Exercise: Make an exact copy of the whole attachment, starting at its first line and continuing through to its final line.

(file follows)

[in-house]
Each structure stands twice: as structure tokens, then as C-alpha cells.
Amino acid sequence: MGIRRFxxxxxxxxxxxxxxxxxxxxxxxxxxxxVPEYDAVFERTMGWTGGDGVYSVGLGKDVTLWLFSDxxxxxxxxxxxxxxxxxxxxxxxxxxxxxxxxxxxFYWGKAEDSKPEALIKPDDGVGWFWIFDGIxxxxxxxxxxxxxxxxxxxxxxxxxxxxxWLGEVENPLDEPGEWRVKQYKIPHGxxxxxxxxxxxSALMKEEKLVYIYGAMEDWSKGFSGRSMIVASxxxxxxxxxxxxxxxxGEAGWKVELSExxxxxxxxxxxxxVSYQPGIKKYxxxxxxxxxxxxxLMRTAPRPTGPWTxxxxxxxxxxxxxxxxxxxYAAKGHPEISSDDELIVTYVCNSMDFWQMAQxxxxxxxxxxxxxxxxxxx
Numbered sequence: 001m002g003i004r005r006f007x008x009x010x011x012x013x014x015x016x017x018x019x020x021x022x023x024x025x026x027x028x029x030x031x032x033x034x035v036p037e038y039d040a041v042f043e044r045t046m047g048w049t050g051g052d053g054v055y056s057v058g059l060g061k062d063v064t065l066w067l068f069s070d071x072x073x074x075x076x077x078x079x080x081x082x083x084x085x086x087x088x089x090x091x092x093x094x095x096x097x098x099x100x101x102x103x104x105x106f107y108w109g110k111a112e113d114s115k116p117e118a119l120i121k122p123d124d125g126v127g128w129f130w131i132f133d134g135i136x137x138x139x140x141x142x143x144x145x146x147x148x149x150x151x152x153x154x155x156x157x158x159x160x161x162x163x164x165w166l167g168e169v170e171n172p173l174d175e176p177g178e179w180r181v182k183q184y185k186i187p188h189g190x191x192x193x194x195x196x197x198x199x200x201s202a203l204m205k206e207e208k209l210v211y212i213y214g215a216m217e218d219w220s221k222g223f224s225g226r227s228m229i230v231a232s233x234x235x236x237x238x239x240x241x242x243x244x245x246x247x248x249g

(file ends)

[in-house]
Each structure stands twice: as structure tokens, then as C-alpha cells.
Amino acid sequence: MGIRRFxxxxxxxxxxxxxxxxxxxxxxxxxxxxVPEYDAVFERTMGWTGGDGVYSVGLGKDVTLWLFSDxxxxxxxxxxxxxxxxxxxxxxxxxxxxxxxxxxxFYWGKAEDSKPEALIKPDDGVGWFWIFDGIxxxxxxxxxxxxxxxxxxxxxxxxxxxxxWLGEVENPLDEPGEWRVKQYKIPHGxxxxxxxxxxxSALMKEEKLVYIYGAMEDWSKGFSGRSMIVASxxxxxxxxxxxxxxxxGEAGWKVELSExxxxxxxxxxxxxVSYQPGIKKYxxxxxxxxxxxxxLMRTAPRPTGPWTxxxxxxxxxxxxxxxxxxxYAAKGHPEISSDDELIVTYVCNSMDFWQMAQxxxxxxxxxxxxxxxxxxx
Numbered sequence: 001m002g003i004r005r006f007x008x009x010x011x012x013x014x015x016x017x018x019x020x021x022x023x024x025x026x027x028x029x030x031x032x033x034x035v036p037e038y039d040a041v042f043e044r045t046m047g048w049t050g051g052d053g054v055y056s057v058g059l060g061k062d063v064t065l066w067l068f069s070d071x072x073x074x075x076x077x078x079x080x081x082x083x084x085x086x087x088x089x090x091x092x093x094x095x096x097x098x099x100x101x102x103x104x105x106f107y108w109g110k111a112e113d114s115k116p117e118a119l120i121k122p123d124d125g126v127g128w129f130w131i132f133d134g135i136x137x138x139x140x141x142x143x144x145x146x147x148x149x150x151x152x153x154x155x156x157x158x159x160x161x162x163x164x165w166l167g168e169v170e171n172p173l174d175e176p177g178e179w180r181v182k183q184y185k186i187p188h189g190x191x192x193x194x195x196x197x198x199x200x201s202a203l204m205k206e207e208k209l210v211y212i213y214g215a216m217e218d219w220s221k222g223f224s225g226r227s228m229i230v231a232s233x234x235x236x237x238x239x240x241x242x243x244x245x246x247x248x249g